The act of painting the lips is as old as humanity itself. Read our brief history of lipstick and it's impact on society through the ages
When Queen Victoria demonized lipstick by saying that only “women of questionable morals”, meaning prostitutes of course, wore lip colour or make up in general she may have not been aware that this tradition of adding colour to your face and especially your lips had been going on for some 5000 years before. In fact, the earliest evidence of woman and man colouring their faces and bodies date back to Ancient Mesopotamia. The enduring power of lipstick may have taken a few knockbacks throughout history but it has always come back stronger and more relevant than before. The lipstick industry alone is worth more than 8 billion pounds globally with a healthy year on year growth percentage growth rate. Lipstick is BIG business and the stakes are high.
Lip and face colouring was used in ancient times mainly for ceremonial purposes, priests decorated themselves to honour their Gods and beliefs and to carry out rituals and customs. Hunters would decorate their faces and bodies as an early form of camouflage to better blend in with their surroundings and to give them any advantage possible in the hunt. Undoubtedly, women and men also used this early form of make-up to make themselves more attractive to the opposite sex. By the time of the Pharaohs, both men and women wore distinctive eye make up as well as rouge. It was from Egypt that lipstick and the painting of the lips and face made its way to Europe, making its way into Greek and Roman life. However the outlook was not always so bright for this simple but highly evocative product. As Christianity took a hold throughout Europe, lipstick was frowned upon as the Catholic Church condemned the use of cosmetics. To strengthen their condemnation of the act of make up they made a connection between red lipstick and the worshiping of Satan himself! As society in Europe turned to religion a simpler, more pious outlook on life was favoured and lipstick was all but forgotten about.
Lipstick didn’t make an appearance again until the reign of Queen Elizabeth I in the 16th century. Elizabeth created a new and unique style for herself which the ladies of the day quickly also adopted. An almost ghostly look of stark white faces with brightly coloured lips. This must have been some look topped off with her deep red curls. This fashion and the seeming resurgence of lipstick and other makeup products sadly only lasted for the duration of Elizabeth’s reign, some 44 years. Soon after lipstick would enter another dark period in its history.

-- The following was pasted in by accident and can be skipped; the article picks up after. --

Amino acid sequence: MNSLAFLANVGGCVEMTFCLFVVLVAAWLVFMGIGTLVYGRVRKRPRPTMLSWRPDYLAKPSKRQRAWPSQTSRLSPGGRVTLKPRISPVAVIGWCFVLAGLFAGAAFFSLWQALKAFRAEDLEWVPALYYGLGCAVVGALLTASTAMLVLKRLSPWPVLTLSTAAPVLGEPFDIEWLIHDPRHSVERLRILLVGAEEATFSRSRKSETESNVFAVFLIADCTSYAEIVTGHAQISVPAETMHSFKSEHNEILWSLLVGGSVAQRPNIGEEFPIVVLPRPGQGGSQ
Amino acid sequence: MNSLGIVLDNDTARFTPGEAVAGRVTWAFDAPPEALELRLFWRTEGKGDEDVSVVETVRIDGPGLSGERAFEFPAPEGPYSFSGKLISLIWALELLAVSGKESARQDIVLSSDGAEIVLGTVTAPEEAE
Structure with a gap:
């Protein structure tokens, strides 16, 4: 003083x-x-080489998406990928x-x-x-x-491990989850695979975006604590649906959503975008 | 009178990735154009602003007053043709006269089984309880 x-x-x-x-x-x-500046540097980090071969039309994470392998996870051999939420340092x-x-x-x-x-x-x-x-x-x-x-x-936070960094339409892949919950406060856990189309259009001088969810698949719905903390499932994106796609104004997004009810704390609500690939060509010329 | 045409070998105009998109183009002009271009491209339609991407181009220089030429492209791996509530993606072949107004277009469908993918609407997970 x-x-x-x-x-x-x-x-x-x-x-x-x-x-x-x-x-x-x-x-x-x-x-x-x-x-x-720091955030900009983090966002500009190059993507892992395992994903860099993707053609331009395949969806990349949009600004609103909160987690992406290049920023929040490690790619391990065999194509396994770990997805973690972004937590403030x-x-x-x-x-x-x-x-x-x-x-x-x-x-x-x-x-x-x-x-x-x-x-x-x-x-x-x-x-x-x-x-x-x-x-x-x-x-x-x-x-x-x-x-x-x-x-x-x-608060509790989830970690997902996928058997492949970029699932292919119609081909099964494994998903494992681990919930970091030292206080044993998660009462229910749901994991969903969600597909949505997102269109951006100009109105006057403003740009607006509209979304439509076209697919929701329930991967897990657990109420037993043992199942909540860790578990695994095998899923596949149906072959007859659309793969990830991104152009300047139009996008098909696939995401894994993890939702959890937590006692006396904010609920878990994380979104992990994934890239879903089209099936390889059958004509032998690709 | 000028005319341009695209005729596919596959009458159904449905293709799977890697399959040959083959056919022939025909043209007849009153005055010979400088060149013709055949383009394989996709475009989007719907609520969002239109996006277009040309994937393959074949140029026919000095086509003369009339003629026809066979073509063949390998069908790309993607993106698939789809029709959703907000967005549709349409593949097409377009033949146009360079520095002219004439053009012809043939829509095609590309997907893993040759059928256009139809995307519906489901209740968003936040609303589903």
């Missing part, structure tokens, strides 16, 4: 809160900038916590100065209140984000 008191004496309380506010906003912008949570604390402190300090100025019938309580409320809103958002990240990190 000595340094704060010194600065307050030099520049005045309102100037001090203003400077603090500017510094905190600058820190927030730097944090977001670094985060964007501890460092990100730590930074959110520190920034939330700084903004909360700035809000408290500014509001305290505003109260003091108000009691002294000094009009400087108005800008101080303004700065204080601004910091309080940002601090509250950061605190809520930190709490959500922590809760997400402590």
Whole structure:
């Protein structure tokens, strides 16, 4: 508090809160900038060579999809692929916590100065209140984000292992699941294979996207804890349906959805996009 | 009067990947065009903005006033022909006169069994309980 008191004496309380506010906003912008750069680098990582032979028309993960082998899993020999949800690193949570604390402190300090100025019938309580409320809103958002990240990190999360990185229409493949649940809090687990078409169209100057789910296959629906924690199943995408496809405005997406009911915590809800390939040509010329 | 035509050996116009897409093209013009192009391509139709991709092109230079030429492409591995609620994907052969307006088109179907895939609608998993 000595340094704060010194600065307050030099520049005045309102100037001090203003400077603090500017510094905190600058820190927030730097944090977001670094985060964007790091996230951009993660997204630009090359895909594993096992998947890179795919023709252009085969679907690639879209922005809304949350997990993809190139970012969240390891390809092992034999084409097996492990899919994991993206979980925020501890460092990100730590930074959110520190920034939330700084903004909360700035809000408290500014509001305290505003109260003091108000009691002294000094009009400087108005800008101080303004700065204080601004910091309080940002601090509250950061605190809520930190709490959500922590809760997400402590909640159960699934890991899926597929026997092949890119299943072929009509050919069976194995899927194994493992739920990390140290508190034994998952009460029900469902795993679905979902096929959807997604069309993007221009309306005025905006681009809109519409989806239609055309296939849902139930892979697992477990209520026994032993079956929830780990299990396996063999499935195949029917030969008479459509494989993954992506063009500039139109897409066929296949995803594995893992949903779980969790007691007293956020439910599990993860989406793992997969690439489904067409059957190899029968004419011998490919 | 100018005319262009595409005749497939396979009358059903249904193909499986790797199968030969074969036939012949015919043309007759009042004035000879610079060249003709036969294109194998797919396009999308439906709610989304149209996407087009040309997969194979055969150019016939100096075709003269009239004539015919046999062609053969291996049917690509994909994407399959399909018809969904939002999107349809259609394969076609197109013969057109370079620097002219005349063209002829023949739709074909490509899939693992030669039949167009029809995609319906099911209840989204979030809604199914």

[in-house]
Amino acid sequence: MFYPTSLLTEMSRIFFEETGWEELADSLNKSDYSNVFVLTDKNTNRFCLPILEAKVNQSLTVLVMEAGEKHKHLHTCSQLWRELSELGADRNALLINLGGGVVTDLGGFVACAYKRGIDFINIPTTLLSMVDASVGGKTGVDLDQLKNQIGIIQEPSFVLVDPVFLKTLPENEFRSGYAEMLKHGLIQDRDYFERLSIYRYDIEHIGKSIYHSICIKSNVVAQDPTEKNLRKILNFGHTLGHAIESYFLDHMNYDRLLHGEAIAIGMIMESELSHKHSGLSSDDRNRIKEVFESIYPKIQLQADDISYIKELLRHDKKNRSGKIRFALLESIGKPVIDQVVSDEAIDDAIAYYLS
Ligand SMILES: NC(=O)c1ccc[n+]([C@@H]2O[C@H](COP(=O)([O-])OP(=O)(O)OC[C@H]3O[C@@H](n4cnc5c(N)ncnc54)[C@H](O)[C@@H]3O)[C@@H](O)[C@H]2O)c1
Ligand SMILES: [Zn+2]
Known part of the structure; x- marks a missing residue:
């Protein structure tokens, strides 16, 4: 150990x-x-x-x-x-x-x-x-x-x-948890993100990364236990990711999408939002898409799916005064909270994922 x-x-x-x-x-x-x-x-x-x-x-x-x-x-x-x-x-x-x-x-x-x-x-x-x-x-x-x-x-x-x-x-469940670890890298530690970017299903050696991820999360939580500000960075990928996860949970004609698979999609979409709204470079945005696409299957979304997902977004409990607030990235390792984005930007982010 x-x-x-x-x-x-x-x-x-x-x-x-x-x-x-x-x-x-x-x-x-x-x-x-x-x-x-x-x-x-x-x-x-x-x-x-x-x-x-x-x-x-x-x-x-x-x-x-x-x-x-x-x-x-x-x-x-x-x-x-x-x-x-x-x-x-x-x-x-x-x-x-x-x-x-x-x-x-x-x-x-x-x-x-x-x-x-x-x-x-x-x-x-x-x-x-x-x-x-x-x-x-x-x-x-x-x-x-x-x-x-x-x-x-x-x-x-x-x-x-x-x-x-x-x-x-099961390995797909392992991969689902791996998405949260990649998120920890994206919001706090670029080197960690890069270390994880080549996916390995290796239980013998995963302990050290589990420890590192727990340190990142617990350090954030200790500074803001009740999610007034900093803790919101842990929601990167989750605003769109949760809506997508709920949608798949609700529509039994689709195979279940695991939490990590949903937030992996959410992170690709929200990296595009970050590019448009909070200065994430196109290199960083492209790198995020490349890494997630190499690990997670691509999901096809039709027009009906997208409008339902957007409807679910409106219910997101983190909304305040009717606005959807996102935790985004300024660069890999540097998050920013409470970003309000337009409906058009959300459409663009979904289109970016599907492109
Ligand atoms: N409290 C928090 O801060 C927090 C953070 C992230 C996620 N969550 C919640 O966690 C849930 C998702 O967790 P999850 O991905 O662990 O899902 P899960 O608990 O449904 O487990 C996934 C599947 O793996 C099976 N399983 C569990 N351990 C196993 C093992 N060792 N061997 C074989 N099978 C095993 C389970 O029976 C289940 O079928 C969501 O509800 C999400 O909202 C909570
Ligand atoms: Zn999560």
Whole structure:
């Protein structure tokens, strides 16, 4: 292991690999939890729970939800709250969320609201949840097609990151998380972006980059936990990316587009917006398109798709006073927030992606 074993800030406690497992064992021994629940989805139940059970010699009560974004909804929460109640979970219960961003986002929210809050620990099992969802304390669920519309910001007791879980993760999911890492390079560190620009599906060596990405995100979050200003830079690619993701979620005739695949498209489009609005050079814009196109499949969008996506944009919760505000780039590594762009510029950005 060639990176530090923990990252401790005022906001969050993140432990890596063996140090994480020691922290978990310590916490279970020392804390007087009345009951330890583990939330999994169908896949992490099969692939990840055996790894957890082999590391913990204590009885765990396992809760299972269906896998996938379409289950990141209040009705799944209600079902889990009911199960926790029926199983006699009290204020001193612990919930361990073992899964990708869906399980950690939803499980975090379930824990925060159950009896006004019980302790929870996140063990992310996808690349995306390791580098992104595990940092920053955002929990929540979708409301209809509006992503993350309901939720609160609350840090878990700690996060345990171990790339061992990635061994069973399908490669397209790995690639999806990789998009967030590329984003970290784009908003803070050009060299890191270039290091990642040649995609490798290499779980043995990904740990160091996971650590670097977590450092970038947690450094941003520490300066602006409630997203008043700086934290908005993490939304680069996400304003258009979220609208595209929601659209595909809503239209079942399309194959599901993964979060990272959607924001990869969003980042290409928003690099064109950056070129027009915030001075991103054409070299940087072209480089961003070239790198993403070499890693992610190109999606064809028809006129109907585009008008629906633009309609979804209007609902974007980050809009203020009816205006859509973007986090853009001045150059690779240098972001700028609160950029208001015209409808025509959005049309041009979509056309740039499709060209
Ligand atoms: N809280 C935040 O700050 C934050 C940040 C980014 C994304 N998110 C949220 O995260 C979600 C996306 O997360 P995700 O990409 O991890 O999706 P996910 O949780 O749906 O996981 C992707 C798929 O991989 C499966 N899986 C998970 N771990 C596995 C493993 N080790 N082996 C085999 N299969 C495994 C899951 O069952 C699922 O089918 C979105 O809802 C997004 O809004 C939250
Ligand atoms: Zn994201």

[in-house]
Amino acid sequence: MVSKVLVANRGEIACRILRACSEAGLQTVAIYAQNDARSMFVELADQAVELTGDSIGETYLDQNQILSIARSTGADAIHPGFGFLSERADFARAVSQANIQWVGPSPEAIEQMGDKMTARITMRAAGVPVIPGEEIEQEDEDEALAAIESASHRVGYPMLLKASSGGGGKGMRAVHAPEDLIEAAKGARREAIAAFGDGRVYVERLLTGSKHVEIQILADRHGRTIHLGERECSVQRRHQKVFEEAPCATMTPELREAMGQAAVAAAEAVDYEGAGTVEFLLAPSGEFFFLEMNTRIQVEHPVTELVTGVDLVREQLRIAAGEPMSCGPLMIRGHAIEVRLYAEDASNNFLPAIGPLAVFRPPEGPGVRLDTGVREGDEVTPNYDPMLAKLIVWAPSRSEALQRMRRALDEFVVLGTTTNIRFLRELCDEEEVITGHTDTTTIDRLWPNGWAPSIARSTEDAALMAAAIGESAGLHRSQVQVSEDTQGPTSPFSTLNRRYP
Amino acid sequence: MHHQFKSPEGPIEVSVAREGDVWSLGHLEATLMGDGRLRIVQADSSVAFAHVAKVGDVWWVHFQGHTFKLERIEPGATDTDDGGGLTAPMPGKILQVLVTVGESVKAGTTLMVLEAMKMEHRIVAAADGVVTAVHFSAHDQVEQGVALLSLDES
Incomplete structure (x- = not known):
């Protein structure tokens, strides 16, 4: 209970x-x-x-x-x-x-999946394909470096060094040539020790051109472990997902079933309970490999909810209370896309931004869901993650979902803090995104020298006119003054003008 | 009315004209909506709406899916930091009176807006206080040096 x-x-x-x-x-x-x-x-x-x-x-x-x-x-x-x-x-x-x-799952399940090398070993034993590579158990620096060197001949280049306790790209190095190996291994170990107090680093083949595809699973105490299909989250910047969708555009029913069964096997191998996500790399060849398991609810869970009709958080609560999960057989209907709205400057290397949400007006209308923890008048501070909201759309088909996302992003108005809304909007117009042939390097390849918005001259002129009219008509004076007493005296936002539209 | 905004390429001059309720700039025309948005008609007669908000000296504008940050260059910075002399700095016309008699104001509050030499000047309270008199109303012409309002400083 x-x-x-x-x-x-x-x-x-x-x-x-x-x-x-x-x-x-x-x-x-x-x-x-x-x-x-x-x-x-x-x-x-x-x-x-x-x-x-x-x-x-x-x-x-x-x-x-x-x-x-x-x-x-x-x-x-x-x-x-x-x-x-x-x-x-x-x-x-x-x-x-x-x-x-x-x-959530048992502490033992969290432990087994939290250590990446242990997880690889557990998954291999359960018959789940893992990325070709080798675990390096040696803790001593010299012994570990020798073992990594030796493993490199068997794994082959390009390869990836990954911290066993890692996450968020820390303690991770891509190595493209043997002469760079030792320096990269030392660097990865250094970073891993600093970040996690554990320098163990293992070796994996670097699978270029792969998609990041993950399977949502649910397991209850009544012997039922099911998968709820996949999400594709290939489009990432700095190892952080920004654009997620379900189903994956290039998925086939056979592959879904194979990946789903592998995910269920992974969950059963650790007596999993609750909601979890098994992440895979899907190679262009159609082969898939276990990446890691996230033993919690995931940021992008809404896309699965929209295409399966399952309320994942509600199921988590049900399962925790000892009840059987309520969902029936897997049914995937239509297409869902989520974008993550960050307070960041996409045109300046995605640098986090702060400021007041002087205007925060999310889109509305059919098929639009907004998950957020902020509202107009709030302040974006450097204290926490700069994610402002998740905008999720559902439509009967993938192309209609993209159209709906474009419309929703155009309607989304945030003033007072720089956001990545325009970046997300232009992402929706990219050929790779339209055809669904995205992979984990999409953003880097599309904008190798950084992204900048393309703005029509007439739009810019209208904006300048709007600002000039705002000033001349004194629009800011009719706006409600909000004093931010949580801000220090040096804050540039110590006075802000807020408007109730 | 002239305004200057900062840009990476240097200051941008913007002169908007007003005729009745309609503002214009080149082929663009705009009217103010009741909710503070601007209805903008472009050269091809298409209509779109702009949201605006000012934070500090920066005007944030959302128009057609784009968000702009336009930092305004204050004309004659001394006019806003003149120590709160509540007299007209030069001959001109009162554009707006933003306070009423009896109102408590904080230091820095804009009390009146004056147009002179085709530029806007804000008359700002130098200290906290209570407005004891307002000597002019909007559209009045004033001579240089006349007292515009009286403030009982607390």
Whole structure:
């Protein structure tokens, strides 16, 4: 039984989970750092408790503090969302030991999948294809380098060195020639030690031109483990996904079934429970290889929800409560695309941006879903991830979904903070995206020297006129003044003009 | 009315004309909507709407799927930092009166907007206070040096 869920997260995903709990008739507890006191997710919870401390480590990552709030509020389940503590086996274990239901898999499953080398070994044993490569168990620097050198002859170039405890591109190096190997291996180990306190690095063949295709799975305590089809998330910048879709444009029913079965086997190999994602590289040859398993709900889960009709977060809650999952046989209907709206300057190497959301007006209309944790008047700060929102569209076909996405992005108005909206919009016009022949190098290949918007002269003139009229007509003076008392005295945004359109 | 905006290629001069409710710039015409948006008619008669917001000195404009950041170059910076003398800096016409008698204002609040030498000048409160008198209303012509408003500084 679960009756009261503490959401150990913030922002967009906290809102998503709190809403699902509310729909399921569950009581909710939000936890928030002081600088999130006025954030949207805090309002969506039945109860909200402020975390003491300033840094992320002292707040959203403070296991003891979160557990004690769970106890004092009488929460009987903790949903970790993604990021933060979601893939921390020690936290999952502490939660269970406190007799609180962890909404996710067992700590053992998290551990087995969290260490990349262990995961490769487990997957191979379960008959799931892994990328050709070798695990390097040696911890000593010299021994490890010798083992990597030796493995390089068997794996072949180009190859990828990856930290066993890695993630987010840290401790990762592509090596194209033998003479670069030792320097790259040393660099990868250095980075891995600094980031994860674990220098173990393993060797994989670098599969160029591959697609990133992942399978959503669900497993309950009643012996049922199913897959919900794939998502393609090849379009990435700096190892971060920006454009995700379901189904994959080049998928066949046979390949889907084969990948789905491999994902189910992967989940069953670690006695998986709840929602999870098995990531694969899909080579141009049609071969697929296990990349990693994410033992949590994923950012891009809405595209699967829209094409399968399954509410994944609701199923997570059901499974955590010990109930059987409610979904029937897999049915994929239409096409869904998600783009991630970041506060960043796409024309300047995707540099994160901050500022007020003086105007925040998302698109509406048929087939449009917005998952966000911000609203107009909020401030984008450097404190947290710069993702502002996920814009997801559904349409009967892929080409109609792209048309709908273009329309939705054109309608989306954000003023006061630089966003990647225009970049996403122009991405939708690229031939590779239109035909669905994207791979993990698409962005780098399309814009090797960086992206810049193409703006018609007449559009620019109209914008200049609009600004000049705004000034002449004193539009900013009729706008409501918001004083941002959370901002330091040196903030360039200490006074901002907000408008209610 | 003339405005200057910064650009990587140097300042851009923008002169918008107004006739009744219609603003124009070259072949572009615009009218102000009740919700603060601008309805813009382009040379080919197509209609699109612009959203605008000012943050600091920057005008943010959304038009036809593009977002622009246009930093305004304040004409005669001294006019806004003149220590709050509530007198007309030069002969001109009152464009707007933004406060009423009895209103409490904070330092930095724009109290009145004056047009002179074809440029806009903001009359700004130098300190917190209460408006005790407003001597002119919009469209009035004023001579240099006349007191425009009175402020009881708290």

By the time James I had taken over the reins from Elizabeth on her death in 1603, makeup and lipstick in particular were seen as only used by low class women and prostitutes. Lipstick was marginalised once again and would remain so for almost 300 years until the industrial revolution of the late 19th century with its production capacity and ingenuity brought lipstick back into fashion as a consumer product for all classes of women. As things progressed and with the lowering of prices through mass manufacturing and endorsements from celebrities of the days in advertisements and fashion magazines lipstick launched into a new sphere of a must have fashion item for all well to do ladies of the day.
Even though our earliest evidence of face and body makeup may only be from 5000 years ago it wouldn’t be unreasonable to think that humans have been adding colour and ‘makeup’ to their faces and bodies from the start of humanity itself. The first human to crush a brightly coloured berry or beetle between their fingers and then smear the colourful liquid on their face was no doubt one of the earliest humans to walk this planet. And so It’s incredible to think that an idea that old is still going strong today. After many trials and tribulations and many reincarnations, the act of adding colour to the lips to entice and attract, or indeed for any other reason, is still going strong today, possibly more than ever! Lipstick is a daily part of the lives of millions of women around the world from all classes and walks of life. From female judges who wear lipstick when residing in court to politicians and women of high rank. Lipstick is worn by London escorts to heighten arousal and build self confidence as it is by women from a variety of professionals and from all walks of life and social standing. These days lipstick and makeup in general is a multi-billion pound industry and certainly shows no signs of abating.